The modesty wars have been raging so long already that now we’re in the throes of a backlash against a backlash against a backlash (as Simcha Fisher put it the other day).
First came a tendency, more Puritan than Catholic, to devise dress codes that micromanaged every centimeter of flesh from collarbone and kneecap, at least. They focused everybody’s attention firmly on the outside of the cup, the whited part of the sepulchre.
This fomented phariseeism, some objected, and made womanhood itself seem suspect and dirty.
Then came the reaction: people got fed up with the holier-than-thou-ness of it all and refused to humor the micromanagers of appearance any longer. They emphasized men’s responsibility for their own responses and refused to concede that there were any objective standards of modesty at all. Some suggested that the word “modest” be retired—not because there is no such thing, but because it was weighed down with so much baggage.
Next came the reaction against that—it struck some as a convoluted excuse for caving in to a godless culture. They thought those who wanted to emphasize the person rather than the hemline were just making excuses for being indistinguishable from the pagans.
Not much, maybe, but I’ve thought of one distinction that may get rid of one particular misunderstanding. I think it also sheds light on why modesty talk so often degenerates into the unedifying spectacle of Christians policing each other’s souls and judging the interior of other persons. This is something which we don’t have enough data to do right and which, in any case, we're clearly forbidden to attempt.
Here’s the new wrinkle: when we talk about clothing being moral or immoral, we fall into a trap. To say that some kinds of clothing are evil in themselves is clearly nonsensical. The skimpiest bikini could serve as a cleaning cloth, or to bind up a wound and save a life. No piece of polyester is moral or immoral, because no material object is moral or immoral.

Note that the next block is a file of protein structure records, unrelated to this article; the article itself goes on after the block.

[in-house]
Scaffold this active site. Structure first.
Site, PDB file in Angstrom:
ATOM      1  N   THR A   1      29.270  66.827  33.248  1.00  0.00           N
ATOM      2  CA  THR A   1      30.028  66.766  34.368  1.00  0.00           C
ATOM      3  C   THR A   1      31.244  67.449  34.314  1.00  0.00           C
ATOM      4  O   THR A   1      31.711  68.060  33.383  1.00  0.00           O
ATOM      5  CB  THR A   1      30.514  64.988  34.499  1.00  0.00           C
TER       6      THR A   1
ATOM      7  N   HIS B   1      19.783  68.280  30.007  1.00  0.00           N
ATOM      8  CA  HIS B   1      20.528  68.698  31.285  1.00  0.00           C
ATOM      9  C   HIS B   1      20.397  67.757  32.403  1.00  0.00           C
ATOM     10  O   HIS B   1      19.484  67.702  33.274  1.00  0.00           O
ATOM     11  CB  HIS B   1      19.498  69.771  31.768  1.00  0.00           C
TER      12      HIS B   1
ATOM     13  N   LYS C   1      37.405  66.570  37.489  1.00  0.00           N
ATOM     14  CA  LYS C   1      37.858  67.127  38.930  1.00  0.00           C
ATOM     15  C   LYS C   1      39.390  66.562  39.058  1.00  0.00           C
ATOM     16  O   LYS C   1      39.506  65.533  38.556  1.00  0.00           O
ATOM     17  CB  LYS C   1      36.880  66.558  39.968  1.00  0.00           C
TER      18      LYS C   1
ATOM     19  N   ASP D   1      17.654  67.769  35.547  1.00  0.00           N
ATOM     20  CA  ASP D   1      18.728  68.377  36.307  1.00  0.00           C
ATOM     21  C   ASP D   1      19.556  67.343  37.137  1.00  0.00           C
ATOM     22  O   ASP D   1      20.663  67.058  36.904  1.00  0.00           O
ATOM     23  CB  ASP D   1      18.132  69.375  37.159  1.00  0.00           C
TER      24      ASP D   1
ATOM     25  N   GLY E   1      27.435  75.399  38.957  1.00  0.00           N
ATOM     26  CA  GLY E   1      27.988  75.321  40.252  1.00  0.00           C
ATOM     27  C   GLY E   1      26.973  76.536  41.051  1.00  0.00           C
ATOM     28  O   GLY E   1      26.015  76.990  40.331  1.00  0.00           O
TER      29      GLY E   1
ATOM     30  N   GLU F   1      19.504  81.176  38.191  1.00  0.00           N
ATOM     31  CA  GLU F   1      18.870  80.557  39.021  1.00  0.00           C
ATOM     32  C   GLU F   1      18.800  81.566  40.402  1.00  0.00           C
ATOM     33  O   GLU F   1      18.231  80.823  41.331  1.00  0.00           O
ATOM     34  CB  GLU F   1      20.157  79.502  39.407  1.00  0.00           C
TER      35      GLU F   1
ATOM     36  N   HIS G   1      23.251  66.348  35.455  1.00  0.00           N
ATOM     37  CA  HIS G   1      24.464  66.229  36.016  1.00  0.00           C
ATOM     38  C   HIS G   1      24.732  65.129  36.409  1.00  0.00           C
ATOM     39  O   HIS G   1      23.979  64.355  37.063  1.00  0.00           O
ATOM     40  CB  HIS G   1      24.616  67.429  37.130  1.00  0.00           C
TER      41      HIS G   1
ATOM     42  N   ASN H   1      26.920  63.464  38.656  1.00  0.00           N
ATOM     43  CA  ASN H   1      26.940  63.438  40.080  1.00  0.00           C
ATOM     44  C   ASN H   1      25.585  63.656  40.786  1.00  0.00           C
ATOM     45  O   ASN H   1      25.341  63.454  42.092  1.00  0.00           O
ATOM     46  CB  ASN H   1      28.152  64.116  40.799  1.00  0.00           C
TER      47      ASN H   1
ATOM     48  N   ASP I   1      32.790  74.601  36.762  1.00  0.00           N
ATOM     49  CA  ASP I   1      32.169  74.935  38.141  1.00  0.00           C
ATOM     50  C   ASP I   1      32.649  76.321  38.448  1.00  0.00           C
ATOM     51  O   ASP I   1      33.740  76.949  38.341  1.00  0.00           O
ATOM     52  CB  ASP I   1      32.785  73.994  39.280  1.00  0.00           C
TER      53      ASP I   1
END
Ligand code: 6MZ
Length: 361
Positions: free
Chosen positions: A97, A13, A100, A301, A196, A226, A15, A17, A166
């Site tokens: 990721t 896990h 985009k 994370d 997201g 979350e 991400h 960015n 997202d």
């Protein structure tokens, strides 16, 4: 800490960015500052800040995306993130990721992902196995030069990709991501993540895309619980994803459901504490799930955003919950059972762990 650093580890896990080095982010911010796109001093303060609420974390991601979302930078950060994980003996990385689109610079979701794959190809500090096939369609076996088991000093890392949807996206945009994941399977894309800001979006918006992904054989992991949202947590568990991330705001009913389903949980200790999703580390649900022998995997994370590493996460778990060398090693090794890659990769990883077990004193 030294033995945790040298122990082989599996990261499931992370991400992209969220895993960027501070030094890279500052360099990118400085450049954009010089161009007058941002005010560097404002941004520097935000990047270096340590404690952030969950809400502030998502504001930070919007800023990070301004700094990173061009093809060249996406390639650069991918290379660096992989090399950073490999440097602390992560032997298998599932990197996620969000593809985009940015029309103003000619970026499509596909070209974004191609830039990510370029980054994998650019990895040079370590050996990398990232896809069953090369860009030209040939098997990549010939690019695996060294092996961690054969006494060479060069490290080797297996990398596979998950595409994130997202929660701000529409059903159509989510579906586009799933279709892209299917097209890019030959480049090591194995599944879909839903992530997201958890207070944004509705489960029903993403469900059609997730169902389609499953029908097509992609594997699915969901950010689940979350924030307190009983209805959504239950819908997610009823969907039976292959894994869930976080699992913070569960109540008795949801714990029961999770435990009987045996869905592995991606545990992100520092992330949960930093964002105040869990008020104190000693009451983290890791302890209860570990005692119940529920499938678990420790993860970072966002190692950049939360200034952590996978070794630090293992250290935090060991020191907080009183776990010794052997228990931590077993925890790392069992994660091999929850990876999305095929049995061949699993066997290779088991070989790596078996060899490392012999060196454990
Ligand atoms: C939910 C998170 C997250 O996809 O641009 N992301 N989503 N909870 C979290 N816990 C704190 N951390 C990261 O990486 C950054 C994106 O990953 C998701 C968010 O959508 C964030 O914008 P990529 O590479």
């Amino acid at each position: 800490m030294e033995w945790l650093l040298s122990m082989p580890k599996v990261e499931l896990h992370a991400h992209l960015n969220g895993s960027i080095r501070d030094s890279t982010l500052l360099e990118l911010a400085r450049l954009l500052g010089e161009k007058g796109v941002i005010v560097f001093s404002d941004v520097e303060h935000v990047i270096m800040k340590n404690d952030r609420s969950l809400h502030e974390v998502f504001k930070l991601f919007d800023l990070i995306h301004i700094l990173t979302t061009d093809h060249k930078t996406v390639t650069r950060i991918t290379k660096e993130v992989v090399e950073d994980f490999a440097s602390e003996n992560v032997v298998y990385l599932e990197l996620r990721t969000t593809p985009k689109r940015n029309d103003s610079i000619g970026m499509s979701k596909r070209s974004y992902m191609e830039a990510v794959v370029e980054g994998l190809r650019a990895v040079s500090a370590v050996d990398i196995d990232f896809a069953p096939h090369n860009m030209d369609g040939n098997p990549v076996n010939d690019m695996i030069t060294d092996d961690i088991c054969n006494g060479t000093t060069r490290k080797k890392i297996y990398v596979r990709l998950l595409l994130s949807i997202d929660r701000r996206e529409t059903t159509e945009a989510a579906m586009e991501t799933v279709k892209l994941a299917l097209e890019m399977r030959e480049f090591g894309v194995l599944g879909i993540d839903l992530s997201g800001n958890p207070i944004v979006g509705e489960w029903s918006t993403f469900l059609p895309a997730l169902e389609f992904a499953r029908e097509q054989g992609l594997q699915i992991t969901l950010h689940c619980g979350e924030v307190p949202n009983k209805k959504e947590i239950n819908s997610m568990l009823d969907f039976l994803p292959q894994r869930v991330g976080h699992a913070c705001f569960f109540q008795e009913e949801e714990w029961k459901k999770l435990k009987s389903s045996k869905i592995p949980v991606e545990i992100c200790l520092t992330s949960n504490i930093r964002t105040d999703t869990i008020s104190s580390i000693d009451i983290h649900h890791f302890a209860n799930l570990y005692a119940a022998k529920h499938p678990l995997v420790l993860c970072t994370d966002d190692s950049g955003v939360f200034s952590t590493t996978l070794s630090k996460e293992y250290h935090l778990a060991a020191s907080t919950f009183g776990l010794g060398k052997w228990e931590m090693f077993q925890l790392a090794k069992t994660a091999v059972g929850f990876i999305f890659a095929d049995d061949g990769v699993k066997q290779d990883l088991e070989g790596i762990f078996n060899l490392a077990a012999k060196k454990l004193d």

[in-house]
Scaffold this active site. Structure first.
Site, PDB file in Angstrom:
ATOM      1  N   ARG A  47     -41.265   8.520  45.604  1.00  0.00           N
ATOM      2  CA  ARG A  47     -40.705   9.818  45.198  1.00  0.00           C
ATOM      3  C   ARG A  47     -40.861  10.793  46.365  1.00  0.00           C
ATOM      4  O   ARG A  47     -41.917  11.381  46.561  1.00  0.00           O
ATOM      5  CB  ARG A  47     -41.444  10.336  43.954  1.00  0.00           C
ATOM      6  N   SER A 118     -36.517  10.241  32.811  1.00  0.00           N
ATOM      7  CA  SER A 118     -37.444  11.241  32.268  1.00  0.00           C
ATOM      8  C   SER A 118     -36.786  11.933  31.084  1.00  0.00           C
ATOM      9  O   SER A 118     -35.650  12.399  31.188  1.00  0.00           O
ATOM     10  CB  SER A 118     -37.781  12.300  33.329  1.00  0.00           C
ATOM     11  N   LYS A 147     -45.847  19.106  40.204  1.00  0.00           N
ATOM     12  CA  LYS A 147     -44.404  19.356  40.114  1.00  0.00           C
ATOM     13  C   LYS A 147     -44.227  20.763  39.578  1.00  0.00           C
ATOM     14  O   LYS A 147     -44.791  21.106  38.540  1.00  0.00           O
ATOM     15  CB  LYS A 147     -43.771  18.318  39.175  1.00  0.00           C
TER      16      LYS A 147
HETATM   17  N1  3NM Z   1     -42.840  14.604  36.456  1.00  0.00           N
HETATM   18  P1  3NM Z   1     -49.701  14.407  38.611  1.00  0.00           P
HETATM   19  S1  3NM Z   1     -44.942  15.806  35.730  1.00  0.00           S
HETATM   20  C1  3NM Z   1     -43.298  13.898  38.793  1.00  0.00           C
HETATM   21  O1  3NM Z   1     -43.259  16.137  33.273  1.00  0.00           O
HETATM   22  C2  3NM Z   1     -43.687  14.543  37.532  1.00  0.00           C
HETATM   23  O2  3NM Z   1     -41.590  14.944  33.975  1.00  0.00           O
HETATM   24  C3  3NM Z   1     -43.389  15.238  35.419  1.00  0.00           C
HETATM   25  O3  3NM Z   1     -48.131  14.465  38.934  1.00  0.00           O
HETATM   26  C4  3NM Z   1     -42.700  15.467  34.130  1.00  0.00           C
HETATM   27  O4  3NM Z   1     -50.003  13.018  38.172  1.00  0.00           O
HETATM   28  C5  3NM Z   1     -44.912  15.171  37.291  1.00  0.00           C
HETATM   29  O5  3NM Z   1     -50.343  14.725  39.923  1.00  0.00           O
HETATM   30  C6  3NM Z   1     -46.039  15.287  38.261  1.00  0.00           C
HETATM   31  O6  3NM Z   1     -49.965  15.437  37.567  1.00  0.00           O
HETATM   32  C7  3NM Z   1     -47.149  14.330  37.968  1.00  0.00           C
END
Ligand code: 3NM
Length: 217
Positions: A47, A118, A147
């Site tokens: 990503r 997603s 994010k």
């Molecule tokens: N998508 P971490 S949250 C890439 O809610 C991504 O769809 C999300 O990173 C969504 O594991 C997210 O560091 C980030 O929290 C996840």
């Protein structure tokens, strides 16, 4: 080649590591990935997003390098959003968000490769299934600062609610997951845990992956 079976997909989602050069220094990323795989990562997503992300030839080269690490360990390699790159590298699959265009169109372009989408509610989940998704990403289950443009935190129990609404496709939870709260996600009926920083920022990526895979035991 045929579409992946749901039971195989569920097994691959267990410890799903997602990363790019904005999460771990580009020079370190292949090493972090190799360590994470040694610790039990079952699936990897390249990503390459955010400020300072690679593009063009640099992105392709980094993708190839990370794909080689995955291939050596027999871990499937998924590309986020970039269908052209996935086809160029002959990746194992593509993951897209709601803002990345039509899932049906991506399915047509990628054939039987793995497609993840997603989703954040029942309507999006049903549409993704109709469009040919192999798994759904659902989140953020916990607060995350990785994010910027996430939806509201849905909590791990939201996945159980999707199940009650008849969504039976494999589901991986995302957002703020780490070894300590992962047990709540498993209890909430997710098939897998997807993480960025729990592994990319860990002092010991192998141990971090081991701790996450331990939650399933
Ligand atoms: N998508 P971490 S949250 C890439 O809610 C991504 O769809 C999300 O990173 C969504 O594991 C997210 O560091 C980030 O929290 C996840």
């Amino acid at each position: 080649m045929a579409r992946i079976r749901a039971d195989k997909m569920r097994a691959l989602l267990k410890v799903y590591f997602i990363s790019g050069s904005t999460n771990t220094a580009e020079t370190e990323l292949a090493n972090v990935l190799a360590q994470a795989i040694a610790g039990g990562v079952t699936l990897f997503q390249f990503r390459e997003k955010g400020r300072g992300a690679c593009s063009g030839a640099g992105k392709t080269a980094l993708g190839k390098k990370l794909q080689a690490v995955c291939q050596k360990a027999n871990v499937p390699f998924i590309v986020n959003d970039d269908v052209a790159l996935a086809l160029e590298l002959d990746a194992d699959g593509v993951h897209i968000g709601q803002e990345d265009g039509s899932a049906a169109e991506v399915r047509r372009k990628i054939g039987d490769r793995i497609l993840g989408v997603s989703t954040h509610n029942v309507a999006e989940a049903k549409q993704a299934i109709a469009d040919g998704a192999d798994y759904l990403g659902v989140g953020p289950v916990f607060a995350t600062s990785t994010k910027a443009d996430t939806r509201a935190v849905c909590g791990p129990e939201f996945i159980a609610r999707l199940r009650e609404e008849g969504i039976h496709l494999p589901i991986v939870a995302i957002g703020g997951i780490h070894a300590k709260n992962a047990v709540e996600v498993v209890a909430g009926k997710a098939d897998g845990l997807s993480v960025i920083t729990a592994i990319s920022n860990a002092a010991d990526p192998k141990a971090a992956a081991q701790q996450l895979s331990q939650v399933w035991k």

Well, then, can we judge that wearing certain kinds of clothing is always blameworthy?
No, we can’t do that either, because that would require looking into other people’s souls, reading their interior dispositions. You may think it laughably obvious that a girl who dresses as if she can’t tell the difference between tights and pants is trying to provoke lust, but she may just be trying to be blend in with her fellow tenth-graders. Or maybe in her family, or her neighborhood, she was never taught that there was any way to be pretty besides being provocative.
People make assumptions about what’s going on inside men, too. Just as some assume they know exactly what motivates a woman to dress revealingly, others don’t believe men are really all that susceptible. Still others refuse to give men any credit for self-control.
So if there's no clothing that's intrinsically evil, and there's no way of dressing that's always blameworthy, aren't we forced to say that it's all relative?
No, of course not. I think you can make perfectly reasonable assumptions about the moral meaning of certain trends in clothing without making any judgments about the soul of the wearer. Here's an example, though it's an odd one.
In a movie I saw long, long ago--I think it was Black Orpheus--there’s a Brazilian tribe in which the natives traditionally go unclothed. Foreigners break in to exploit them, and the first thing they do is dress the women in brightly colored bikinis. Now they’re less modest, but more marketable. Strangely enough, here’s a piece of evidence that clothing clearly carries moral connotations—even though in this rare case more cloth means less modesty.
So there's no cause to fall for the false alternative: either it's all relative and morally meaningless, or we're all called to go probing around in other people's souls.
That's all. Not a definitive decree, but maybe a useful wrinkle.